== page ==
Fishing: The Bayesian Way of Analyzing Zero-inflated Data
Last Updated on June 17, 2022 by Editorial Team
Author(s): Dr. Marc Jacobs
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In past posts, I have shown several ways to apply Bayesian analysis for mostly normally distributed data. In this example, I want to use a discrete response, and what better distribution to start with than an inflated one. You read correctly — this post will be about modeling, in a Bayesian way, a zero-inflated response.
A zero-inflated response distribution is one in which there are more zero’s than you would normally like, but they are there. Hence, you need to deal with them and there are various ways to cope. The most straightforward is the application of a zero-inflated model or applying a hurdle model. They work a bit differently, but what they do have in common is that you split your modeling into a part where you model the zero’s, and a part in which you model the rest. This will be done via two separate models (the hurdle) or via a mixture distribution (the zero-inflated model).
Once again, the codes are at the bottom to not contaminate the story. Also, the codes, in the end, show more information than what I have here. The trick is to run everything I did and augment it. Not just follow my steps.
Alright, so let's go and take a look at the dataset, which can be found here. As you can see, we have a lot of discrete data, both binary as well as ordinal or multinomial. Discrete data is fun to analyze albeit a bit challenging, but should not be a big issue for any analyst. Just think proportions | probabilities | and rates and you will be fine.
Next up is the drawing part in which I want to see what I have. The dataset has information on fish, of course, and the metric that matters the most is the count. We are working with count data here.
The zero-inflated nature of the data becomes immediately apparent (although you could already see it coming in the dotplot) when doing a distribution plot. The spike at the beginning will give you problems if you try and analyze via the standard Poisson, or even when using a Gamma-Poisson (Negative Binomial).
Of to the modeling part. Of course, I am going Bayesian which means I will have to deal with the three musketeers of Bayesian analysis: prior, likelihood, and posterior. Since I know that the response resembles a zero-inflated distribution, I can ask the brms package to show me the priors the model would automatically assume. Thereby seeing how it wants me to feed the hyperparameters should I decide to bring my own priors (of course I will!).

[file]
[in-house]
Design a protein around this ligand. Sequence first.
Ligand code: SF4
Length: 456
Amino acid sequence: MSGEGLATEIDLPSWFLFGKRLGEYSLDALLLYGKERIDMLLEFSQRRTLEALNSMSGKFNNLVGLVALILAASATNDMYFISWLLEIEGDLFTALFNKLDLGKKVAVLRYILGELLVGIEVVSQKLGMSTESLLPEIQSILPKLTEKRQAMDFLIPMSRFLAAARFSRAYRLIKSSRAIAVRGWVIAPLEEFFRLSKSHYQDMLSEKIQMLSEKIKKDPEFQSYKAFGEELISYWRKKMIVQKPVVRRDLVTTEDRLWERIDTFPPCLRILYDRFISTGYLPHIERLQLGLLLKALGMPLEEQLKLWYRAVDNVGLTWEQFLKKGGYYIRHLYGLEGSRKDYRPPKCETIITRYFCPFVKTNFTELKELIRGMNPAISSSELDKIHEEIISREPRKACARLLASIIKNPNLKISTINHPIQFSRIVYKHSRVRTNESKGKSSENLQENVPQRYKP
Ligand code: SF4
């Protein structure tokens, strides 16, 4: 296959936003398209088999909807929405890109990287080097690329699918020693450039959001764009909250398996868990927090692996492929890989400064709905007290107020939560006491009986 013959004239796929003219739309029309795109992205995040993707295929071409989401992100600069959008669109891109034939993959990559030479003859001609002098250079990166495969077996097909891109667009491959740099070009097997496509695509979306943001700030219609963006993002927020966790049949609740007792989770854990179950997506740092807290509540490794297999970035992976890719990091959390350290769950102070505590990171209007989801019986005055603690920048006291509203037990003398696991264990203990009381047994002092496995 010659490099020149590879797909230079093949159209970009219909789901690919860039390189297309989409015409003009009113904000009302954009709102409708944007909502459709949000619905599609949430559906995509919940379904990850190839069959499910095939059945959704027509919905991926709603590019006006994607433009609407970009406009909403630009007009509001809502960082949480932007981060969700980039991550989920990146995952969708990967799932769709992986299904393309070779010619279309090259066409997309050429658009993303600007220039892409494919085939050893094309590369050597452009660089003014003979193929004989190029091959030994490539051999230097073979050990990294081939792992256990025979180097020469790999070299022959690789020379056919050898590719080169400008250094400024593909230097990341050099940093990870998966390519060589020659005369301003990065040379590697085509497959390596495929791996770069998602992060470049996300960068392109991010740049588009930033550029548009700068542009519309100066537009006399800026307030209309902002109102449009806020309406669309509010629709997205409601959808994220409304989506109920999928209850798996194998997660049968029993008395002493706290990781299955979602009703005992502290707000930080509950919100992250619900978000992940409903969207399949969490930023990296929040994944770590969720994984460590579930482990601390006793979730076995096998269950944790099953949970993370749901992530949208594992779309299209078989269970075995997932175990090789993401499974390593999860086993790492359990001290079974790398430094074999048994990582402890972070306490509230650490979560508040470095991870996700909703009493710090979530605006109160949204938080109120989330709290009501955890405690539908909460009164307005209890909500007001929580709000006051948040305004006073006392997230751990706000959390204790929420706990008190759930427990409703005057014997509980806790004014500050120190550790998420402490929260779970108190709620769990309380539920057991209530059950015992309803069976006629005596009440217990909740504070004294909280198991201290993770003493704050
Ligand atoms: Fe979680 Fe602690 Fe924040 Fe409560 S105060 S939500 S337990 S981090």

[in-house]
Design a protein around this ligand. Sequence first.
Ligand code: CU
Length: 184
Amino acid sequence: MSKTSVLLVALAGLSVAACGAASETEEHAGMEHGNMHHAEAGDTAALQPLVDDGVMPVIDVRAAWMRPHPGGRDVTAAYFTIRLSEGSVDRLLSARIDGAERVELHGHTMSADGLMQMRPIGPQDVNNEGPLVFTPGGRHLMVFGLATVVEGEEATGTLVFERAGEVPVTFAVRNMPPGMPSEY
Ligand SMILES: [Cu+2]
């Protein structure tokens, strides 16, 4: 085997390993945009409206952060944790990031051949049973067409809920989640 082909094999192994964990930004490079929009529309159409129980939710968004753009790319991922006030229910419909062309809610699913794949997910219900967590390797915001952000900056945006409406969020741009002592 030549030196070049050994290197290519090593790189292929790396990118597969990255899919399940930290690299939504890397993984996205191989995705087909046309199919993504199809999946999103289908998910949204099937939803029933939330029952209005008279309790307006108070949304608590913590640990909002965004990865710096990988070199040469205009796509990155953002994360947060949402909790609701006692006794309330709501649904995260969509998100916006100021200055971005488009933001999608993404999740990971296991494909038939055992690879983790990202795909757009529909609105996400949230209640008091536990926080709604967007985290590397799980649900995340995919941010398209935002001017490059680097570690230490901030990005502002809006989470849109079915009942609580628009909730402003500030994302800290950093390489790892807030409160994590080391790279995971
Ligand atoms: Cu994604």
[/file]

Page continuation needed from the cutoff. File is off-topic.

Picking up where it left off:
When it comes to Bayesian Analysis you do want to see that your model is able to approximate the underlying distribution via which the data came to exist (that sounds a bit paradoxical — distribution is a man-made construct). Hence, what you want to see when checking the appropriateness of the Bayesian model is that the chains converged nicely and that the distribution in the model used was appropriately sufficient. We can do that by looking at the PIT which transforms the data into a uniform distribution. If the QQ-plot shows that the samples are on the diagonal line, the underlying distribution (which is not uniform here) is probably what thought it would be, which is a zero-inflated distribution. The lines are not perfect here, but I will give it a pass. Not the easiest data to the model.
So, from the above, it seems the model is quite able to model the data, and hence we can use the model to take a better look at the underlying relationships which you find by extracting a conditional distributions plot. What you see below is the relationship between the variables persons, child, and camper with the count.
I hope this example was sufficient to get you underway with modeling a Zero-Inflated dataset. Go through the codes down below and please let me know if something is amiss!
Fishing: The Bayesian Way of Analyzing Zero-inflated Data was originally published in Towards AI on Medium, where people are continuing the conversation by highlighting and responding to this story.
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